Sunday 30 August 2020

Learning New Rules

So what's the easiest way for you to learn a new set of rules? Personally, I've never been one to be able to sit and read a whole set of rules cover to cover. No matter how interested I am I find it hard to focus when just reading. I’ve always been like this, and way back in the mists of time, when I was at University, I instinctively sought out alternative ways to study, rather than just reading textbooks. Friday's episode of The Quarantined Wargamer explores the subject of how we learn new rules and suggests some techniques for getting those pesky facts embedded in our grey matter. 

We all have different ways of absorbing new information, and I certainly don't have all the answers. So what are your tips and tricks for learning new rulesets? I'd love to hear from you, either in the comments below on my YouTube Channel. If you like enjoy the video please hit the Like button and consider subscribing to my channel. 

Next week I'll be talking about why we should Encourage rather than Criticise those starting out in our hobby. 

Wednesday 26 August 2020

Wheat-fields for Wargaming

Once again I am revisiting a subject I have touched on several times before. I have made wheat fields on a number of occasions and have utilised the traditional materials of hessian matting and teddy bear fur. However, as with my ploughed fields, the finished products never quite looked right and were usually too small for my needs. So I bought a couple of square meters of fur fabric and set about making a new collection of versatile and cheap wheat fields for use with 15mm and 28mm scales. The only work I did on these was to give the rather shiney synthetic fur a dusting of light beige spray paint (I used a car paint from Halfords). It has to be applied sparingly or the fibres clump together and don't look right. 

There's nothing particularly innovative about this project, many wargamers have made use of 'Teddy Bear Fur' for fields before, including myself. Their use largely depends on your own personal aesthetic. Some people don't like the wavey look of fur and prefer the look of coconut matting. Some, like me, prefer fields where troops and vehicles don't float across the top of the wheat when they pass through. This is one of my main reasons for not wanting to use this material, but also that the fur fields are much lighter and flexible so they can be folded around the edges of the battlefield if, like me, you have a smaller table.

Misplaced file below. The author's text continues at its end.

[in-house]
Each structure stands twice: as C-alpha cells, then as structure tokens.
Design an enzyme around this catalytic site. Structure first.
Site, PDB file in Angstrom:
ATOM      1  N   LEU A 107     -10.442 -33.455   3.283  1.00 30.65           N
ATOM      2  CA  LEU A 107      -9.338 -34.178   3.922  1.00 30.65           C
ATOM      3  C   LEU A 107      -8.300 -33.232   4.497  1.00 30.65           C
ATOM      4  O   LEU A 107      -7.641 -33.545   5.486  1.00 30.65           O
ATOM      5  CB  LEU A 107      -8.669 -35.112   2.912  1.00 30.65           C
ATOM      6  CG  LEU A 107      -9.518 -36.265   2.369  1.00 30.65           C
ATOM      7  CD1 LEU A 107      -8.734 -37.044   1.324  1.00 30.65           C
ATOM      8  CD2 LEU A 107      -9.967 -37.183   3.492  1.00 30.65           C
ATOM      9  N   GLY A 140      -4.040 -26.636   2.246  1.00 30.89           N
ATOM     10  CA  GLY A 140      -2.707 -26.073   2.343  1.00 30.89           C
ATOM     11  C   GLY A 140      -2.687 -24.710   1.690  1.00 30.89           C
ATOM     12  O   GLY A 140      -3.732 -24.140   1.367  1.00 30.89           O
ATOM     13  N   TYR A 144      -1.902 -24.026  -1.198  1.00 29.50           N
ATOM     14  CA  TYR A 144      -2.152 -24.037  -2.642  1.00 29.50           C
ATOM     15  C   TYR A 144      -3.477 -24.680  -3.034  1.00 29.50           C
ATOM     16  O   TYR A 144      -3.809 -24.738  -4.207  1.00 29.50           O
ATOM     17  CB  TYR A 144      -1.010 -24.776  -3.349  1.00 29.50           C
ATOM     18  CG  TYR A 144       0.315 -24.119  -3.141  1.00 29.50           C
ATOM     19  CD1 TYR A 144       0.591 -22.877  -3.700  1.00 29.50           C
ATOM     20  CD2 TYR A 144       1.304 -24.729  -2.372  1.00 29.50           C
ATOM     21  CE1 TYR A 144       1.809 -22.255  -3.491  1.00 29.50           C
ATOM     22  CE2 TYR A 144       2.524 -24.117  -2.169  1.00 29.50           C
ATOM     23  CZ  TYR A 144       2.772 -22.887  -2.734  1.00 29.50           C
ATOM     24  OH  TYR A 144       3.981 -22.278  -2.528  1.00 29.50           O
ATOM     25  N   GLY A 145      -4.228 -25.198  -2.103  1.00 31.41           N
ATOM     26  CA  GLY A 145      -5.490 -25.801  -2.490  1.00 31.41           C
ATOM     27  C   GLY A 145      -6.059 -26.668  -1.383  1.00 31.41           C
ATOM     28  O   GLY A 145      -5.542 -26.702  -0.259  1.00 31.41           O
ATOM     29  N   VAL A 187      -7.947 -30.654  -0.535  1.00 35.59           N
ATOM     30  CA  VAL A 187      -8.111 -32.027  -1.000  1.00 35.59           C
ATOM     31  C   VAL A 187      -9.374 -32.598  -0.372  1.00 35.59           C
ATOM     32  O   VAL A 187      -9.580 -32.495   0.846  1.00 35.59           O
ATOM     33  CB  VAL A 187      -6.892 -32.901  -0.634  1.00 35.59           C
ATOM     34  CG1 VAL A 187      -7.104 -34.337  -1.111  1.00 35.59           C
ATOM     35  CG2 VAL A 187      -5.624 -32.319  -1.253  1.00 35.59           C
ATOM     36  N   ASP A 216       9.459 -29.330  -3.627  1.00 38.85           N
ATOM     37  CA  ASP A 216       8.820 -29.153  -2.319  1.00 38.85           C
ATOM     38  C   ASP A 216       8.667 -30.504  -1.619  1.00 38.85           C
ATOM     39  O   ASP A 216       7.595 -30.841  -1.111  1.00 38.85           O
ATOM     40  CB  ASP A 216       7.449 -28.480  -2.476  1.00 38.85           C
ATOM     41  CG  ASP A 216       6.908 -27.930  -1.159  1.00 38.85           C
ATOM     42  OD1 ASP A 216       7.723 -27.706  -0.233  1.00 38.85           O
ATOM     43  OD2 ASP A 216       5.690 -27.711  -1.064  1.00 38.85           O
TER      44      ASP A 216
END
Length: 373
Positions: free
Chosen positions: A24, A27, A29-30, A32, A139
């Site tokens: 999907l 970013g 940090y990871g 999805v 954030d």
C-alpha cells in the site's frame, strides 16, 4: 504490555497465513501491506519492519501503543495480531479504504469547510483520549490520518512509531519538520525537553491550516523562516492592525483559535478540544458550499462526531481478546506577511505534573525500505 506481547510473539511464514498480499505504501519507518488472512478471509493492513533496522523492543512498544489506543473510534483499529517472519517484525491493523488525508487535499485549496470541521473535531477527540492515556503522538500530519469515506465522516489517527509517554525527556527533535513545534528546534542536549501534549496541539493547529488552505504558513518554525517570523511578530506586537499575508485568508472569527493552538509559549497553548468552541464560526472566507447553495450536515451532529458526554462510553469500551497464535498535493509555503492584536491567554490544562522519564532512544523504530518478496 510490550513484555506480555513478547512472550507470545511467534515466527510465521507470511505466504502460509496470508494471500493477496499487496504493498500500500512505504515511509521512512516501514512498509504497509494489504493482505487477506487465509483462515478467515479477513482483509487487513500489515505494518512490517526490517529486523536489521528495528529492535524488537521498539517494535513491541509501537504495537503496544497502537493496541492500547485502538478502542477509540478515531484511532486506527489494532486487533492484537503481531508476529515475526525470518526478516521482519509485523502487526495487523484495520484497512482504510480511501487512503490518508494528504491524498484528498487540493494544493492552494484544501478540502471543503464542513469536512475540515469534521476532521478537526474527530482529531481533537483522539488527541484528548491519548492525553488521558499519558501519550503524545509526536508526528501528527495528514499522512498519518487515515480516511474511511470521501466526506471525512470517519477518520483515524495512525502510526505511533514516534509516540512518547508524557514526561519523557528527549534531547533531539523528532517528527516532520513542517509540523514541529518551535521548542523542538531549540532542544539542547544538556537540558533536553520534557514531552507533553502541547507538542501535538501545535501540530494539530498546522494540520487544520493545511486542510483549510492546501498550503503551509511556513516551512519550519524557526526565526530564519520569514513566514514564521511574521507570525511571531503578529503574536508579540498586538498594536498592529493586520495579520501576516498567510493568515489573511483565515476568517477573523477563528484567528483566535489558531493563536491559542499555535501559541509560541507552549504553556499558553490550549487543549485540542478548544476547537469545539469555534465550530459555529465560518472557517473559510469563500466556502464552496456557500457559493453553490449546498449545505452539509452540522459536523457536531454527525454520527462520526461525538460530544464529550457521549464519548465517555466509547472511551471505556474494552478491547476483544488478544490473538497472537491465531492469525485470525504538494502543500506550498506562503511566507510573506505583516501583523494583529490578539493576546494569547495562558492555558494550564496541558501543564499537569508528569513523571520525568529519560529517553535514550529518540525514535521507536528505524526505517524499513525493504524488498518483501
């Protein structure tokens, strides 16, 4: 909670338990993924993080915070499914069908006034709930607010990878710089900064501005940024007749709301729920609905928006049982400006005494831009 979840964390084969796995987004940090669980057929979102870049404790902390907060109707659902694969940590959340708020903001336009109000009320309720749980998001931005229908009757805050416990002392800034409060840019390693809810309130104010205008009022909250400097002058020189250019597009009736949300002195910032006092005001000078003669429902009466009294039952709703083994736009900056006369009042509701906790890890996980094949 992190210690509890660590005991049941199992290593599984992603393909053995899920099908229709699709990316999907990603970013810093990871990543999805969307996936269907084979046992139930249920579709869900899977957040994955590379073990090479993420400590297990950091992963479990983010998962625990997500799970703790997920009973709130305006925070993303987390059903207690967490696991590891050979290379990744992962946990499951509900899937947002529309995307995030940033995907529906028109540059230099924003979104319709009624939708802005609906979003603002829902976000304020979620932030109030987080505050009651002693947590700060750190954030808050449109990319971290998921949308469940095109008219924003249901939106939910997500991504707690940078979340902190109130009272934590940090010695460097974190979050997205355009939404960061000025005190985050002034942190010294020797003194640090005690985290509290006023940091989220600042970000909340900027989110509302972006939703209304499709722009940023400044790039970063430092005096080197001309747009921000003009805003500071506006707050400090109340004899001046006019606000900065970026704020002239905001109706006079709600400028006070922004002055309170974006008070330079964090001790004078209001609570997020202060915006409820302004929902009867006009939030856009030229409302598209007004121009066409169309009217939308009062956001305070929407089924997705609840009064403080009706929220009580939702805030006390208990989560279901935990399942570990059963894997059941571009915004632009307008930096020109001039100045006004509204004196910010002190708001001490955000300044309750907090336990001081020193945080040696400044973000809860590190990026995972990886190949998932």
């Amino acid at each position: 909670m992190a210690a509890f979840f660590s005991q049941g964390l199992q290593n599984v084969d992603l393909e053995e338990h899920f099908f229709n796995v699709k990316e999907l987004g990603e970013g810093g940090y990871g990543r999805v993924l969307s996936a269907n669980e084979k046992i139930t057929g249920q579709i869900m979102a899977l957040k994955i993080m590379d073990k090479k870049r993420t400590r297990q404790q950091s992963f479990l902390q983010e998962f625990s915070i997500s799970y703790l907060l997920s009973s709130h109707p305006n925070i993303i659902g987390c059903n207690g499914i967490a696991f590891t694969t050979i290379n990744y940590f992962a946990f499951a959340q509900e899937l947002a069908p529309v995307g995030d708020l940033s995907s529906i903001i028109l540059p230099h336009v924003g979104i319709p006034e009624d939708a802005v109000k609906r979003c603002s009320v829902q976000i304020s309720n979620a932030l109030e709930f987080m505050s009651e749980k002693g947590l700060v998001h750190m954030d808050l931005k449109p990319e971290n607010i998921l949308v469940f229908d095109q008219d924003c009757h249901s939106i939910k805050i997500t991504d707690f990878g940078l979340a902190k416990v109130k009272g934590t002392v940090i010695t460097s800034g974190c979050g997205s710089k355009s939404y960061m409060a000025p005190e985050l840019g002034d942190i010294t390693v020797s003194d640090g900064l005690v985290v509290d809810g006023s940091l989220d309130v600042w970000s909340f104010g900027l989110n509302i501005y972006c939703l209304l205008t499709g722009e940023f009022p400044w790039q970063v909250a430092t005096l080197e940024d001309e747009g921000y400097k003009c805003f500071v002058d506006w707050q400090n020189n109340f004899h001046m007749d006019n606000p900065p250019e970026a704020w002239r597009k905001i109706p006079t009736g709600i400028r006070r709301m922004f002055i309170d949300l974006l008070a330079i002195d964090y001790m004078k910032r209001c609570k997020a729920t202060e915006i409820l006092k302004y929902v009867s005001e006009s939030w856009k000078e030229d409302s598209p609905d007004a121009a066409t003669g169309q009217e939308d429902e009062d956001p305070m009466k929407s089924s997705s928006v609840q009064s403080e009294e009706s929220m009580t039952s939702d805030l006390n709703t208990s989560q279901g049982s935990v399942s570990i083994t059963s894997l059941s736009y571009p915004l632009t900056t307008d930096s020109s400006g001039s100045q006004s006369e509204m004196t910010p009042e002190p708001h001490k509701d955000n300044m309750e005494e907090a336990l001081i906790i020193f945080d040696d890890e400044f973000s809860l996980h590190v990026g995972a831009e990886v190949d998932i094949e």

One thing to note is that modern wheatfields are not the same as those seen in the early part of the 20th Century or earlier. The wheat seen in a modern filed is a very long way from the wild variety first cultivated by humans 10,000 years ago in what is now southeastern Turkey. Ancient species were very tall, averaging about 160cm or well over 5ft tall. By the early 19th Century, Wheat was the most significant cereal crop grown in Britain but it wasn't until the mid-1800's that the first plant breeders started to produce single varieties that gave higher yields by selectively breeding the best ears from their crops. These plants were shorter than the ancient variety, standing about 130cm's tall. 

Fast forward 50 years and by WWI a hardy wheat variety called Yeoman was becoming prevalent in Britain and its crops stood about 110cm tall. The next big change occurred in the 1980s with varieties like Skyfall developed specifically to service the demand for white sliced bread. However, this relied on the use of liquid fertilisers to increase yields increasing the need for shorter plants which were less likely to fall over. Modern wheat is typically only about 60-70cm tall, less than half the height of the ancient variety. 

The reason I have presented this short (and rather dull) potted history of wheat is that the 'look' of a wheatfield will have changed over time. The further back in time we go, the taller the wheat and the more likely it is to be affected by the wind resulting in a rippled and wavey surface -  like the fur fields. Modern wheat on the other hand probably does look very much like the coconut matting seen on many games tables, because it is short with stocky stems capable of holding up larger seed heads. It doesn't (in my mind) look anything like the wheat typically seen as little a 100 years ago. 

Sunday 23 August 2020

On the Road Again